• Graham

The 4th Myth of Software Testing - You don't need QA specialists

Updated: Aug 25


Photo by Hannah Wei on Unsplash


QA specialists aren’t needed, developers can do the testing just fine


There seems to be a trend in the dev-ops-new-kid-on-the-block-whizz-bang-automate-everything-framework that a lot of organisations are adopting in that a dedicated QA function / dedicated QA specialist is not required.


There’s a valid argument that a degree of testing can (and should…and must) be undertaken by whichever members of the development team are available at the time.


This is especially true of small organisations where feature teams may comprise of only one or two programmers. This is the realistic and pragmatic approach. The caveat here being that a level of functional, user-centric testing must be undertaken in addition to any lower level test activities. This also doesn't take into account all the other activities / artefacts that a well rounded test effort would encompass. 


The problem with asking the very same people who have invested time, effort and no small amount of energy into building an application into verifying their own work is that there are a number of documented phenomenon that fall under the umbrella of cognitive bias.

A well-rounded QA will be aware of these bias and will attempt to mitigate their effect. In simpler terms, asking people to 'break' what they've built is illusory at best and self-defeating at worst.


Unit, Integration in the small, peer reviews and pair programming will only take you so far towards a quality goal…but, as with all things, you get what you pay for and you have to play the hand you've been dealt. I have no issue with that at all.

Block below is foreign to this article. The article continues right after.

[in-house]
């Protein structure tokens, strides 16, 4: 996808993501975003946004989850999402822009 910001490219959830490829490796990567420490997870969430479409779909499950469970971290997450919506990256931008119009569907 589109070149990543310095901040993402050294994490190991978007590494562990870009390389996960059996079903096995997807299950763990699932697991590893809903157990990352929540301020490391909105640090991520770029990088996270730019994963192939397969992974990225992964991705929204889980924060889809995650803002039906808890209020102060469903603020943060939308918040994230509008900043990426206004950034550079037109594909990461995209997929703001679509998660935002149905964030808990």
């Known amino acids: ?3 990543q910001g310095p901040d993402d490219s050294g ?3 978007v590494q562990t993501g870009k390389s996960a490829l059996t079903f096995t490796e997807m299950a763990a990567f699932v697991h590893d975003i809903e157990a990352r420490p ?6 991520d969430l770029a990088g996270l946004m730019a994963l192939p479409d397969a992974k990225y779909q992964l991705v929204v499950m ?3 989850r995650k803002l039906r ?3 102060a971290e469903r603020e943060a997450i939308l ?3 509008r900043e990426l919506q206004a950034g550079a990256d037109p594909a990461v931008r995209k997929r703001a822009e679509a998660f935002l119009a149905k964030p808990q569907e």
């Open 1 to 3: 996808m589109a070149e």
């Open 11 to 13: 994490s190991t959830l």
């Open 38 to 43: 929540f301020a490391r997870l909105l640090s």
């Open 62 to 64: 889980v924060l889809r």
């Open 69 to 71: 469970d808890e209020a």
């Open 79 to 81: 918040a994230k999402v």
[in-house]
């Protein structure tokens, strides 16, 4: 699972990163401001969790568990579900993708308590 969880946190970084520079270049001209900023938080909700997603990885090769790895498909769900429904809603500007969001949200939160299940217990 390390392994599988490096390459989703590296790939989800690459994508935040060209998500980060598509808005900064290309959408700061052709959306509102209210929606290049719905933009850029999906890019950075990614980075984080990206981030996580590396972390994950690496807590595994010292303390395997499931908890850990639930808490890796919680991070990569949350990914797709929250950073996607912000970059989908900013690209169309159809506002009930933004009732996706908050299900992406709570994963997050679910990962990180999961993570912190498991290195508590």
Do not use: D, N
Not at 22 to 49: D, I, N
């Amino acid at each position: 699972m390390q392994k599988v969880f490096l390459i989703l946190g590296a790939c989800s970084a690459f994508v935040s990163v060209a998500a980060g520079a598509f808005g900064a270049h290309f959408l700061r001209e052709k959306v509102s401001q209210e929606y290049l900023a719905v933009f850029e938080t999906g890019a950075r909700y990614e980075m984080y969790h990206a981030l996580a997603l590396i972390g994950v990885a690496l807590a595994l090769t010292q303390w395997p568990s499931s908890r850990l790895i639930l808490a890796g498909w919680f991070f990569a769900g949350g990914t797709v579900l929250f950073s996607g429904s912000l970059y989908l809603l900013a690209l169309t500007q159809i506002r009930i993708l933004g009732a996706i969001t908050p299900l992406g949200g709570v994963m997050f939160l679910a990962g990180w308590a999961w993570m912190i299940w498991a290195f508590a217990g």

Large companies like Facebook appear (on the surface) to do fine without a dedicated QA function…or not, depending on the sites you frequent. I would argue however, that users of their software don’t particularly care about a ‘quality’ user experience (which Facebook are very much aware of), In their own words social media is nonessential. “By paying less attention to quality, Facebook has been able to focus on other things, like making the company a fun place to work at that can attract and retain talented engineers. Facebook would probably be less fun if it cared more about quality. […] Social networking isn’t really critical to people. It’s important, but it’s not banking or space shuttles or nuclear reactors. It’s not bridges or cars. It’s not even email (at least, in most cases) or phone calls. This also gives Facebook more margin to work with.” A quick search on google play will reveal that the majority of user reviews on it’s mobile app are around 1 star (out of 5). Even with that poor rating, the native app has been, at the time of writing, downloaded 89,941,520 times. It obviously makes financial sense to Facebook to do this and it obviously doesn't appear to harm the frequency or usage or popularity. Your company isn't Facebook or Google or Microsoft (unless it is, in which case, ignore that bit) A well-rounded QA specialist will fulfil more than just duplicating a test effort undertaken by other members of a development team, they keep teams honest, they strive to look in the places where the dark things lurk, they aren't afraid to be 'that' person, they are your conscience writ large. Their primary function is to articulate risks to the product to the people who matter, risks which if not captured and mitigated, can lead to far worse consequences than loss of face...or prestige. Yes RBS, I'm looking at you.


The majority of these risks occur outside of the code domain. I've been blessed to have worked in exceedingly talented and high-performing development teams who have shared my drive and passion for quality, even leading to situations where, after an amount of time, I've questioned my own place in the team. This is kind of the point though. YMMV. Obviously.


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